English Role Of Women In Homer's Odyssey

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English Role of Women Penelope had constant pressure coming from the suitors to for her to marry them, but even with all of the pressure Penelope never loses faith in her husband. Her love for Odysseus is so unyielding, she responds to the suitor’s contestant pressure with some indecision. She never refuses to remarry outright. Instead, she puts off her decision and leads them on with promises that she will choose a new husband as soon as certain things happen. Her astute delaying tactics reveal her sly and artful side. The beautiful Goddess Athena sent Odysseus on his way home; she put hope into his son's heart, and into his. She let Odysseus know that he is needed at home. Athena watched Odysseus' every step, and heard his every…show more content…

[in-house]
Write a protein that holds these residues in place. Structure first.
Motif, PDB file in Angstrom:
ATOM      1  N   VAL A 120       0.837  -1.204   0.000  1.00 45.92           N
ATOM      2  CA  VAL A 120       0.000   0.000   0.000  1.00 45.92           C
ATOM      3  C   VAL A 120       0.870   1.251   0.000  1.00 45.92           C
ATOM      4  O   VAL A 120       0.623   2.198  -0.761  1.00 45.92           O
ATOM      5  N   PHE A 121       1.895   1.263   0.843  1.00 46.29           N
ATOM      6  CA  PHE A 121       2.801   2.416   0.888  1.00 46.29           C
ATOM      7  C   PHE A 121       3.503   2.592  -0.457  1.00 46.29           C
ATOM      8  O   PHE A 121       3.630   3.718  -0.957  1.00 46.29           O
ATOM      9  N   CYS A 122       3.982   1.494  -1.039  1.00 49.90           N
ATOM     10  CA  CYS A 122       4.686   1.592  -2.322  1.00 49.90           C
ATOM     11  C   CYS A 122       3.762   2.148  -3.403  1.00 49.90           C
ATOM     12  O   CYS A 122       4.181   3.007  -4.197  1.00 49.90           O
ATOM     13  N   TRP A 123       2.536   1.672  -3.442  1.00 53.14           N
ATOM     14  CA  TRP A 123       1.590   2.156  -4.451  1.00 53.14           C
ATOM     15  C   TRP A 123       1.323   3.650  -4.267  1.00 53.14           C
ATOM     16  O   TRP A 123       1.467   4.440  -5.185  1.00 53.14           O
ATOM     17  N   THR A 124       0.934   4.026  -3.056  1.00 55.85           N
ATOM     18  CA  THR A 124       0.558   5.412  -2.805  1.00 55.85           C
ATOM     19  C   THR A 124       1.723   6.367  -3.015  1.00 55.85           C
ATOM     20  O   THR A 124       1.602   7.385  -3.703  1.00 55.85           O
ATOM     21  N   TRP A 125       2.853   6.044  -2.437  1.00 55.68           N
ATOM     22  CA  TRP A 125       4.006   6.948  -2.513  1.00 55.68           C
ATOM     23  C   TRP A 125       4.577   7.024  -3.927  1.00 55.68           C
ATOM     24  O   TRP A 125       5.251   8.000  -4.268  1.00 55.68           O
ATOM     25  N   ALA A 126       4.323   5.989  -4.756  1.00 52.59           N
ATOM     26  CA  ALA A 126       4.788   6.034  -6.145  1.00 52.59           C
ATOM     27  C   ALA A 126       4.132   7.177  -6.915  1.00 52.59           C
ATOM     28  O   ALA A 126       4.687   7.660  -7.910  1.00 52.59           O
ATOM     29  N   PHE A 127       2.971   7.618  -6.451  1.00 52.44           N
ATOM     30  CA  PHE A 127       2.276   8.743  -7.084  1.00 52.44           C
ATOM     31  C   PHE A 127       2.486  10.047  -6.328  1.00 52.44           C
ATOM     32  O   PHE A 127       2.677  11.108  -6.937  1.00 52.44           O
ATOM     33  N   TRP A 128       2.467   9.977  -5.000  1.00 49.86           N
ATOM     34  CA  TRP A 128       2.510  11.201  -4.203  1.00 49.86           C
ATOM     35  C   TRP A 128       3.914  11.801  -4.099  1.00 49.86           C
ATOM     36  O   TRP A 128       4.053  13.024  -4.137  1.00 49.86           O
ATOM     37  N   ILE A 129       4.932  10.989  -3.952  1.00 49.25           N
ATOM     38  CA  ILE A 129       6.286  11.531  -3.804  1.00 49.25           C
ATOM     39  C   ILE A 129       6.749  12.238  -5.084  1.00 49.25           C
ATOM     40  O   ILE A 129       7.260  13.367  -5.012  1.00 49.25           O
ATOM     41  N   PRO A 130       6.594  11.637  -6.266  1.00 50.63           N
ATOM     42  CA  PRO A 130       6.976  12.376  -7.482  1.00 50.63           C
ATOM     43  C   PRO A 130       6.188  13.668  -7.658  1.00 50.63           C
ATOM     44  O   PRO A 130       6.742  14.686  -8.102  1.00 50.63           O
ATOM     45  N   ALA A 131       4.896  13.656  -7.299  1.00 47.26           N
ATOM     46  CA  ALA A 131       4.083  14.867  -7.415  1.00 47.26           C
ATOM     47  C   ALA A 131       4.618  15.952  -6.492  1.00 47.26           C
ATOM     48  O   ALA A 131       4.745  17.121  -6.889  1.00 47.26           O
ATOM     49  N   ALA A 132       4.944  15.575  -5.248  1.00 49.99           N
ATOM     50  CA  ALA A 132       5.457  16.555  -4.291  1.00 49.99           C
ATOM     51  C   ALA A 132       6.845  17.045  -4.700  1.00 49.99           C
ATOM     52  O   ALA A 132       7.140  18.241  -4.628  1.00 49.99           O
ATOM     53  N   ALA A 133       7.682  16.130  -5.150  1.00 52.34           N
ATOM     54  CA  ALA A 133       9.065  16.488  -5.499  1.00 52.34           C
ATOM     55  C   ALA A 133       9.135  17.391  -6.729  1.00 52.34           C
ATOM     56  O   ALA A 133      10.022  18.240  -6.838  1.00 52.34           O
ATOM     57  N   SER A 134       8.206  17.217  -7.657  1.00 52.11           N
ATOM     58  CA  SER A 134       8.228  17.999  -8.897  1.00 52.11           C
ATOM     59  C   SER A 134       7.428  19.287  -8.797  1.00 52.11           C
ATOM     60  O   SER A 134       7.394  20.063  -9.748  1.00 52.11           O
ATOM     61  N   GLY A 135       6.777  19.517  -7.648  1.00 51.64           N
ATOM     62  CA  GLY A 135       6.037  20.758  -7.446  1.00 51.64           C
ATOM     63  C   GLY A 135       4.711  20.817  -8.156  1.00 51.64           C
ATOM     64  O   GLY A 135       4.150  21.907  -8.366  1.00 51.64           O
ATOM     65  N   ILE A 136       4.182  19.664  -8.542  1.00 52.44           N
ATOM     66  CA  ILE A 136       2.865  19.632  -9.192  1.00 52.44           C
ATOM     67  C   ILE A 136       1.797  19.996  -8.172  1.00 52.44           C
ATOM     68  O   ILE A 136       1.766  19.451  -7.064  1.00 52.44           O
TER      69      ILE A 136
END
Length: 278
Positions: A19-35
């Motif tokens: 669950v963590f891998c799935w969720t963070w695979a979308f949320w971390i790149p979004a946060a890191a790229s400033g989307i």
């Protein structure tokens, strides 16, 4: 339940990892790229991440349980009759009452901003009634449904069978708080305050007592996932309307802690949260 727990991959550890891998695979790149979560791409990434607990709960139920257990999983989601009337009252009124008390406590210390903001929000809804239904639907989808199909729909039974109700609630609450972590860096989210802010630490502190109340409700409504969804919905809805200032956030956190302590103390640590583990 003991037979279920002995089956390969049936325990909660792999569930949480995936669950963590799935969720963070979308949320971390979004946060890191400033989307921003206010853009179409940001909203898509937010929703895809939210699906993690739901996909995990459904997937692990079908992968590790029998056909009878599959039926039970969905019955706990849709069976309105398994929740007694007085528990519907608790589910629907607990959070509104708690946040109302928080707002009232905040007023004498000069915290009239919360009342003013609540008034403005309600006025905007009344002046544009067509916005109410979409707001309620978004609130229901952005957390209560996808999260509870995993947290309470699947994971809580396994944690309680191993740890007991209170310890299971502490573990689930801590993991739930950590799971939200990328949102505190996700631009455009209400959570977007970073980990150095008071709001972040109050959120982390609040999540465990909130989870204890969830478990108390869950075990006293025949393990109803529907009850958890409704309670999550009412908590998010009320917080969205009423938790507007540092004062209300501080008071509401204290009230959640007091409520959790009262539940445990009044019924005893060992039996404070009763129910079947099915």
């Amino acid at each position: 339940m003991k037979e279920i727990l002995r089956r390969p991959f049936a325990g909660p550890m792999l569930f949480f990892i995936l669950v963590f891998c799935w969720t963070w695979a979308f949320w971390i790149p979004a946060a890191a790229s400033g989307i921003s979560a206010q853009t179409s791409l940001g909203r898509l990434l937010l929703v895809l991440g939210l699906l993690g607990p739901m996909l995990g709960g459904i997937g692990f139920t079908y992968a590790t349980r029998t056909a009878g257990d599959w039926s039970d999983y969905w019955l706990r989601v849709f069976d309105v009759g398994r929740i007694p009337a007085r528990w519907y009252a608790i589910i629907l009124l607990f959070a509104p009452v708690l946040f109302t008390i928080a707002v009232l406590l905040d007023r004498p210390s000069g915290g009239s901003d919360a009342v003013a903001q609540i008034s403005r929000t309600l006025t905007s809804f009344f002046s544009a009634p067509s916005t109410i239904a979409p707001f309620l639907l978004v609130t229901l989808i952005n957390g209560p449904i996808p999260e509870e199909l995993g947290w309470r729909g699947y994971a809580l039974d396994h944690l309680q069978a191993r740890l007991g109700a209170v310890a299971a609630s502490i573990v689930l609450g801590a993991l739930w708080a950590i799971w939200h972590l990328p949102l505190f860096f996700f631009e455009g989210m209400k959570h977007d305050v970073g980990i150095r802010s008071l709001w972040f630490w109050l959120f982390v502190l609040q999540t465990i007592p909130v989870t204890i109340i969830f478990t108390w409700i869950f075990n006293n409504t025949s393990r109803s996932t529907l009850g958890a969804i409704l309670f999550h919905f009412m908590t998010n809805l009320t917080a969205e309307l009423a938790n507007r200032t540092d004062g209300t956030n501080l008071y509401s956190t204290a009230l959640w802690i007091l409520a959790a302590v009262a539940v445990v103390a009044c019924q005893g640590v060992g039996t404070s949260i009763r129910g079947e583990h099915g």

Margaret Macomber’s love for her husband is debatable at best. She seems much more interested in flirting with their guide, Robert Wilson, than in encouraging her husband. In fact, she is brazen and unabashed about her sexual dalliance with Wilson and taunts her husband with it. Hemingway writes that she is “an extremely handsome and well-kept woman.” The phrase “well-kept” is particularly revealing in its multiple meanings. On one hand, Margot is fashionable and presents herself well. Furthermore, she is “kept” by her husband in a state of luxurious affluence. Ironically, she is not “well-kept” by her husband at all, as she freely and unapologetically commits adultery. Her marriage to Francis Macomber is obviously not a happy one, but she refuses to divorce him because of his money, but Francis cannot divorce her because of her beauty. Margot is delighted when Francis runs from the lion; because she thinks it would give her more psychological control over him. When they were hunting for a buffalo Margot shoots and kills her husband just as he is standing his ground in a moment of

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